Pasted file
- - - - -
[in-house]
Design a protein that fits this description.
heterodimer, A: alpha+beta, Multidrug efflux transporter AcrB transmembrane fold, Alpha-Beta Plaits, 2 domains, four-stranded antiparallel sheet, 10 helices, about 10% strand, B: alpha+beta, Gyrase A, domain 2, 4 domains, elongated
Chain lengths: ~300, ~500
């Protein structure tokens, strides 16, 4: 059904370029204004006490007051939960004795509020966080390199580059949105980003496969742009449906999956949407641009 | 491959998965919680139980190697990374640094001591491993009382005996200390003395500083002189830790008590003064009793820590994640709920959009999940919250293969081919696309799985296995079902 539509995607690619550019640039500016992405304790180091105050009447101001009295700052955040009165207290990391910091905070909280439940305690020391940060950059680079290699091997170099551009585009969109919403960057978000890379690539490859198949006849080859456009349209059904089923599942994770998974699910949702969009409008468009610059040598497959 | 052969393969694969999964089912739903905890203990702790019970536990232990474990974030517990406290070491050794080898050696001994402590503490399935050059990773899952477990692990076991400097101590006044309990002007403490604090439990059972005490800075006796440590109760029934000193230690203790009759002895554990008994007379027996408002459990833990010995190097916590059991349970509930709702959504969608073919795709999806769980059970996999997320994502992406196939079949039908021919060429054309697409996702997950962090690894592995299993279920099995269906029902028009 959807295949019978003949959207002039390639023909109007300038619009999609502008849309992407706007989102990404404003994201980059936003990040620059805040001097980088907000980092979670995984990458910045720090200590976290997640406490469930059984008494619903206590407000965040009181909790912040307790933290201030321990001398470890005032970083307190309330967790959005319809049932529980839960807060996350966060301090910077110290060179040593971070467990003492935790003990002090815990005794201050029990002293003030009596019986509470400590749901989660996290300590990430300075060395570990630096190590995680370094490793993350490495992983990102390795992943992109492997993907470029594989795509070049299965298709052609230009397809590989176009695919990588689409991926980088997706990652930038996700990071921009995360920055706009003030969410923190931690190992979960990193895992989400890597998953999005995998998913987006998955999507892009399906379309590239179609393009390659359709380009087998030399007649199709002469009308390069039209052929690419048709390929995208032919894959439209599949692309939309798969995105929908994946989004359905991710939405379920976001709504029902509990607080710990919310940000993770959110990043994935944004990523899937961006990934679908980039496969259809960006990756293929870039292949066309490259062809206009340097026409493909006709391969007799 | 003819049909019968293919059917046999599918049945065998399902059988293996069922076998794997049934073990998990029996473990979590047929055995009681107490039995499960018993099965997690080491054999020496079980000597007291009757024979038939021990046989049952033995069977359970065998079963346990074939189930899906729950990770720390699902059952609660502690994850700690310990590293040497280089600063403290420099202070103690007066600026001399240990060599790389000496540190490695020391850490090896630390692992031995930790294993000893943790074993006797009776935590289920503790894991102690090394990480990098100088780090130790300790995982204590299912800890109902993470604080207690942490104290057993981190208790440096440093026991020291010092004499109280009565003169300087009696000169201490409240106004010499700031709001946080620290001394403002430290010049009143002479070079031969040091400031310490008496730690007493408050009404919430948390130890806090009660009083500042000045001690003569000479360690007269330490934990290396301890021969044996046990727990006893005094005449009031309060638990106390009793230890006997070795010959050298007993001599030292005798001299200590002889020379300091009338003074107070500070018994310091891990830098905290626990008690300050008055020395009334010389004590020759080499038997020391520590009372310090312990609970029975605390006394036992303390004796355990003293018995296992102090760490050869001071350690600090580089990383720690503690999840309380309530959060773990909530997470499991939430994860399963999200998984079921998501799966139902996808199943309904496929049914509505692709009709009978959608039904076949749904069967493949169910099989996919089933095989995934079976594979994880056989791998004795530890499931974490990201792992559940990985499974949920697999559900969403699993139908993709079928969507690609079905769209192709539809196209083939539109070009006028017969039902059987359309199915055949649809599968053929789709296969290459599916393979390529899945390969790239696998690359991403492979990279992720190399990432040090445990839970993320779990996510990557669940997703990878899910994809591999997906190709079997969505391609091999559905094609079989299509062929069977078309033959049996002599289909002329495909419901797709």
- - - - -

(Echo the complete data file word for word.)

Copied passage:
[in-house]
Design a protein that fits this description.
heterodimer, A: alpha+beta, Multidrug efflux transporter AcrB transmembrane fold, Alpha-Beta Plaits, 2 domains, four-stranded antiparallel sheet, 10 helices, about 10% strand, B: alpha+beta, Gyrase A, domain 2, 4 domains, elongated
Chain lengths: ~300, ~500
């Protein structure tokens, strides 16, 4: 059904370029204004006490007051939960004795509020966080390199580059949105980003496969742009449906999956949407641009 | 491959998965919680139980190697990374640094001591491993009382005996200390003395500083002189830790008590003064009793820590994640709920959009999940919250293969081919696309799985296995079902 539509995607690619550019640039500016992405304790180091105050009447101001009295700052955040009165207290990391910091905070909280439940305690020391940060950059680079290699091997170099551009585009969109919403960057978000890379690539490859198949006849080859456009349209059904089923599942994770998974699910949702969009409008468009610059040598497959 | 052969393969694969999964089912739903905890203990702790019970536990232990474990974030517990406290070491050794080898050696001994402590503490399935050059990773899952477990692990076991400097101590006044309990002007403490604090439990059972005490800075006796440590109760029934000193230690203790009759002895554990008994007379027996408002459990833990010995190097916590059991349970509930709702959504969608073919795709999806769980059970996999997320994502992406196939079949039908021919060429054309697409996702997950962090690894592995299993279920099995269906029902028009 959807295949019978003949959207002039390639023909109007300038619009999609502008849309992407706007989102990404404003994201980059936003990040620059805040001097980088907000980092979670995984990458910045720090200590976290997640406490469930059984008494619903206590407000965040009181909790912040307790933290201030321990001398470890005032970083307190309330967790959005319809049932529980839960807060996350966060301090910077110290060179040593971070467990003492935790003990002090815990005794201050029990002293003030009596019986509470400590749901989660996290300590990430300075060395570990630096190590995680370094490793993350490495992983990102390795992943992109492997993907470029594989795509070049299965298709052609230009397809590989176009695919990588689409991926980088997706990652930038996700990071921009995360920055706009003030969410923190931690190992979960990193895992989400890597998953999005995998998913987006998955999507892009399906379309590239179609393009390659359709380009087998030399007649199709002469009308390069039209052929690419048709390929995208032919894959439209599949692309939309798969995105929908994946989004359905991710939405379920976001709504029902509990607080710990919310940000993770959110990043994935944004990523899937961006990934679908980039496969259809960006990756293929870039292949066309490259062809206009340097026409493909006709391969007799 | 003819049909019968293919059917046999599918049945065998399902059988293996069922076998794997049934073990998990029996473990979590047929055995009681107490039995499960018993099965997690080491054999020496079980000597007291009757024979038939021990046989049952033995069977359970065998079963346990074939189930899906729950990770720390699902059952609660502690994850700690310990590293040497280089600063403290420099202070103690007066600026001399240990060599790389000496540190490695020391850490090896630390692992031995930790294993000893943790074993006797009776935590289920503790894991102690090394990480990098100088780090130790300790995982204590299912800890109902993470604080207690942490104290057993981190208790440096440093026991020291010092004499109280009565003169300087009696000169201490409240106004010499700031709001946080620290001394403002430290010049009143002479070079031969040091400031310490008496730690007493408050009404919430948390130890806090009660009083500042000045001690003569000479360690007269330490934990290396301890021969044996046990727990006893005094005449009031309060638990106390009793230890006997070795010959050298007993001599030292005798001299200590002889020379300091009338003074107070500070018994310091891990830098905290626990008690300050008055020395009334010389004590020759080499038997020391520590009372310090312990609970029975605390006394036992303390004796355990003293018995296992102090760490050869001071350690600090580089990383720690503690999840309380309530959060773990909530997470499991939430994860399963999200998984079921998501799966139902996808199943309904496929049914509505692709009709009978959608039904076949749904069967493949169910099989996919089933095989995934079976594979994880056989791998004795530890499931974490990201792992559940990985499974949920697999559900969403699993139908993709079928969507690609079905769209192709539809196209083939539109070009006028017969039902059987359309199915055949649809599968053929789709296969290459599916393979390529899945390969790239696998690359991403492979990279992720190399990432040090445990839970993320779990996510990557669940997703990878899910994809591999997906190709079997969505391609091999559905094609079989299509062929069977078309033959049996002599289909002329495909419901797709």